Would you agree that social contact helps keep us young? I’ve been immersed in this complex little question since last weekend.
It started when Gordon, a good friend and one of the most healthy and active 70+ people I know, was describing his week to us in an email he sent last Sunday. He talked about an all-day strategic planning meeting he’d participated in, a board meeting he‘d chaired, a big birthday party he’d attended, the choir he’d sung in, and grandchildren he’d babysat. To which Rick, my husband, replied, also by email: “Wow, Gordon! You likely encountered more people in the past fortnight than your remote ancestor did in a lifetime.”
Rick’s comment triggered an evocative image. I pictured myself as my own remote ancestor around a campfire with a few fellow clansmen. I imagined us enthusiastically anticipating a journey to a distant land where we would meet up with four or five other tribes for the social event of a lifetime…perhaps as many as – picture it! – 50 people. Truly, as this ancestor, I wouldn’t encounter as many people in my whole life (which I could expect to last all of 30 or so years) as Gordon has in a typical week.
With this past deeply coded into our genetic makeup, were we programmed to live the life that Gordon practices?
The question heated up when an article – “A group solution to growing old” – by columnist Nick Galvin featured our Shedders household in Pulse, the Sydney Morning Herald’s health and science supplement. If you haven’t seen it, check it out here. It paints a glowing picture of our Mitchells Island life together, and why the six of us chose to travel in this direction.
Because the article mentioned this blog, it suddenly was inundated with a tsunami of hits (you’re allowed to call 2300 hits a tsunami when you’re a country girl). I found myself sitting spellbound at my computer, staring at the site stats and pressing F5 to refresh the screen and watch the numbers climb. Who were all these people who were interested enough in Nick’s article that they would seek out my website? Clearly their attention was captured by the lively social ambiance, by people who have also had the rash and fleeting thought that they would love to retire together – but then were actually mad enough to do it. And seem to be enjoying it!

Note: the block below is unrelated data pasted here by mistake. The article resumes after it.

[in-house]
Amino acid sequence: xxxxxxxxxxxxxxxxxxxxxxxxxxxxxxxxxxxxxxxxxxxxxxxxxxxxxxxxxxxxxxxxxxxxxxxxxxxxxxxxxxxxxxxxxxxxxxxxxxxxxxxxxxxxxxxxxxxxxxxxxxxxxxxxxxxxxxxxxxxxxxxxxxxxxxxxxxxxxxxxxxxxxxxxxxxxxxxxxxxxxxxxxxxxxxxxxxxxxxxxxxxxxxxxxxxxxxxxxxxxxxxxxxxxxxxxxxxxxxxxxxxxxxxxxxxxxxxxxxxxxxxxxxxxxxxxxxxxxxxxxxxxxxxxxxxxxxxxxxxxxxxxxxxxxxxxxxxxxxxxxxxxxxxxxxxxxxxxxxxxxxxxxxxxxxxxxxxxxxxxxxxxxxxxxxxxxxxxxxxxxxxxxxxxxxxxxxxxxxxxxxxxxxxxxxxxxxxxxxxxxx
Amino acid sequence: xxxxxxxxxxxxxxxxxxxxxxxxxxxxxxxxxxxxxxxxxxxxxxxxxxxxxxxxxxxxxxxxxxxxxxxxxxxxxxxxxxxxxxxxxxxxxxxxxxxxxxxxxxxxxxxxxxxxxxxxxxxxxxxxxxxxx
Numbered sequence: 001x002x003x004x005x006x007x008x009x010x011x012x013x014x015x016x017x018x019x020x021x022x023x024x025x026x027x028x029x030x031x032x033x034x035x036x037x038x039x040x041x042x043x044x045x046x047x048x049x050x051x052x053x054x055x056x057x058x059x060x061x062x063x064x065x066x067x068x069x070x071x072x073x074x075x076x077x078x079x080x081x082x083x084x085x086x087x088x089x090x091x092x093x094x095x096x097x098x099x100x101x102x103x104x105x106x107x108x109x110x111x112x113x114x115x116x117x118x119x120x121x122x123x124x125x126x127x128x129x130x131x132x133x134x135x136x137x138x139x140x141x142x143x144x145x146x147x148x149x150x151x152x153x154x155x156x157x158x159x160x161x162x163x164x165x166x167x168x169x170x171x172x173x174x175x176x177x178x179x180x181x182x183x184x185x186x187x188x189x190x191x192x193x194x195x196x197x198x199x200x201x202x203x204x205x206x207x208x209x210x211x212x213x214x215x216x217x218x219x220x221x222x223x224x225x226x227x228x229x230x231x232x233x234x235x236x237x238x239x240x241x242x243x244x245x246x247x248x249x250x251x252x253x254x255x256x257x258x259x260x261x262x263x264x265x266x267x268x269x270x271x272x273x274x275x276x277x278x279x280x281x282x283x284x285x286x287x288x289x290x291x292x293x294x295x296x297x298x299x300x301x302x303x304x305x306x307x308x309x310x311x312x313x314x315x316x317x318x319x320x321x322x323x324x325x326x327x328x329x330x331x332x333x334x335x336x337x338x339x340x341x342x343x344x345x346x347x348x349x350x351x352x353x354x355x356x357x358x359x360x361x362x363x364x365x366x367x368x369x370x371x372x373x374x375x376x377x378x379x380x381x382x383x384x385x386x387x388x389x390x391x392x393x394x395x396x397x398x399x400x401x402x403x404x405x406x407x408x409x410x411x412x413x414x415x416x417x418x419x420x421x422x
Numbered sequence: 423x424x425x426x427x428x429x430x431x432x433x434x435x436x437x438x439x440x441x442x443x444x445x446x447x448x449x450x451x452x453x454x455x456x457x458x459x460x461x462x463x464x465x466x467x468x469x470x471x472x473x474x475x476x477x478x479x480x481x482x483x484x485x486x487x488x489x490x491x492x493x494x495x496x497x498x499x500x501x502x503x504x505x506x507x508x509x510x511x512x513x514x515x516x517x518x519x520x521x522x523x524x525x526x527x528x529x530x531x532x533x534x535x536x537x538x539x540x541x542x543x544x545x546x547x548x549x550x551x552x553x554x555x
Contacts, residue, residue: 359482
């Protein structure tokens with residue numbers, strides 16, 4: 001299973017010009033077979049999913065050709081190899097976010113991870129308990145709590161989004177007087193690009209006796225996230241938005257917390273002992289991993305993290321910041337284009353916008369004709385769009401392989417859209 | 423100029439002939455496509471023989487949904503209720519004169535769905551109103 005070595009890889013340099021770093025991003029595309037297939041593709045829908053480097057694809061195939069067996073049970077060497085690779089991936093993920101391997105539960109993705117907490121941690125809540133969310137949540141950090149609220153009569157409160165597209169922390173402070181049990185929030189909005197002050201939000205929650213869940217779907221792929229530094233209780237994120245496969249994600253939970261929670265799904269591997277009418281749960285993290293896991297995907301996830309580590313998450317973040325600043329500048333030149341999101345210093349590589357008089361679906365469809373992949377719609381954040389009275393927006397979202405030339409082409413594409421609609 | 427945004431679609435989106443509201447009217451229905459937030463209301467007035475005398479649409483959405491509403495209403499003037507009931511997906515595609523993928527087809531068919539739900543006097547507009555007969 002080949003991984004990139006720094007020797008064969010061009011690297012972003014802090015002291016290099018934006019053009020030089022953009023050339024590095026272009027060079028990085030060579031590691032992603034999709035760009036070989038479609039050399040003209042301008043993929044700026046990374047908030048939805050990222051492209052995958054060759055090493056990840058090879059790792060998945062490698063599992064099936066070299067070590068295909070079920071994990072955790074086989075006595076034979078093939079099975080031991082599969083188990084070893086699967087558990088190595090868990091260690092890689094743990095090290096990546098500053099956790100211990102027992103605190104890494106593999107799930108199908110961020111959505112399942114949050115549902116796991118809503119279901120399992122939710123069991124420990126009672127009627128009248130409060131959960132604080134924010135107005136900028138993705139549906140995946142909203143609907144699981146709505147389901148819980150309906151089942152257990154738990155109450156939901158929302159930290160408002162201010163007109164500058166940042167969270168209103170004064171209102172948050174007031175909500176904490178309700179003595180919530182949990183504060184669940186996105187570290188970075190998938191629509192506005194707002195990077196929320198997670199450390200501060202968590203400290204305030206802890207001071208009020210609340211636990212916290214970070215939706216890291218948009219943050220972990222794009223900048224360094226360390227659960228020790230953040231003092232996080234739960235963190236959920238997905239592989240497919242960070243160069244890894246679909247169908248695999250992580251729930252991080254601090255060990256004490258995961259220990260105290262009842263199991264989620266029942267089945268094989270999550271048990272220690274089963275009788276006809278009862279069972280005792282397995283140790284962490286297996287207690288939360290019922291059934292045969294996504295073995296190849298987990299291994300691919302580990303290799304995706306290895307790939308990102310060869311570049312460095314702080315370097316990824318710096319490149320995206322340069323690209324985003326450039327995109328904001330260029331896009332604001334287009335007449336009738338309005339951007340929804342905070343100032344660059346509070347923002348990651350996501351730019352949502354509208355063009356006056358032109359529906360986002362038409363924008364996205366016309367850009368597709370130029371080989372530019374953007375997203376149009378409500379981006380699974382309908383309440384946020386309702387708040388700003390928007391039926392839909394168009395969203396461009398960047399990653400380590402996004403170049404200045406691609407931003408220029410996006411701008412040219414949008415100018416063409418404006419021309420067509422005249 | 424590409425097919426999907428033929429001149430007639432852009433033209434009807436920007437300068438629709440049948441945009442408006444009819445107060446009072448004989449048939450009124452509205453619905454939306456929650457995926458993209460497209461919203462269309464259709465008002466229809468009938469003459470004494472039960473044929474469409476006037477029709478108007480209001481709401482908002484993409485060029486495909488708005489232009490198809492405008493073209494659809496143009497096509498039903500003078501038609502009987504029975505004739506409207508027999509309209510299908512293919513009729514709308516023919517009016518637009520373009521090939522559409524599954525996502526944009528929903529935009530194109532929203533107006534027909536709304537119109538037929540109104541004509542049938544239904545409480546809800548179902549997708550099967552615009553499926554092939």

The photo is of us laughing, obviously enjoying life, gathered around the big island in our communal kitchen. If the truth be told, we are probably laughing at something the photographer said. Further truth be told, there has likely been the occasional ruckus around that same kitchen bench when we may not have looked quite so smiley. But the larger truth is that the six of us have a good time together; our lives are enriched by each other, we get and give support, we share challenges, we rev each other up. There’s no such thing as a dull day.
But I also noticed Nick Galvin’s second article in the Pulse section, “With help from some friends”. This smaller piece was equally interesting, putting as it did a whole new spin on the social contacts question. “Good relationships and social ties have a bigger impact on health as we age than most people realise,” Nick writes. He boldly introduces his theme saying that it is “a well-established medical fact – loneliness and social isolation are killers”, and goes on to cite large-scale studies that support his premise. Consider the numbing conclusion from one of these studies: “People with strong social relationships had a 50 per cent increased chance of survival than those who were less well connected. It was, concluded the authors, an effect comparable with quitting smoking.” Wow.
Surely this means my friend Gordon, with his family and directorships and large network of friends, could expect to sail into his second century in fine health. My remote ancestor, on the other hand, didn’t have a lot of choice. Populations were scarce, dangers were everywhere, Facebook wasn’t even a gleam in her eye. There were no end of reasons why her life would be so short – but I’ll bet social interactions added to its fragile length.
Gordon concluded his email with a profound observation about all the people he has in his life: “It is really like sailing a yacht through choppy waters with a lot of stabilisers, or like stays on a mast that surround and support me. And I offer that same stability and connectedness to others.”
So my temporary answer to the question of the week is: YES – as Gordon so descriptively says, our social connections give great stability to our lives. They’re good for us; they do keep us young.
My inbox is overflowing this week, in large part due to the Herald article. I find that my eye quickly scans the dark list of unread emails to see if there is something from close family, or from good friends – or especially from my Shedder* housemates, as I am now on the other side of the world from them. But I also thoroughly enjoy the little air-kisses from old acquaintances on Facebook, or comments on the blog from strangers. Every relationship, longstanding or fleeting, strong or breezy, adds to my quality of life.
The more help from my friends the better.
* If you’re wondering why we call ourselves the Shedders, have a read of Chapter 5 of my book, Shedders. For a mere $3.99 you can answer this and MANY other questions you might have about what it takes to dream up an intentional community, to sparkle radiantly during the process, to crash and almost burn any number of times, and ultimately to hurdle the obstacles and arrive where we are.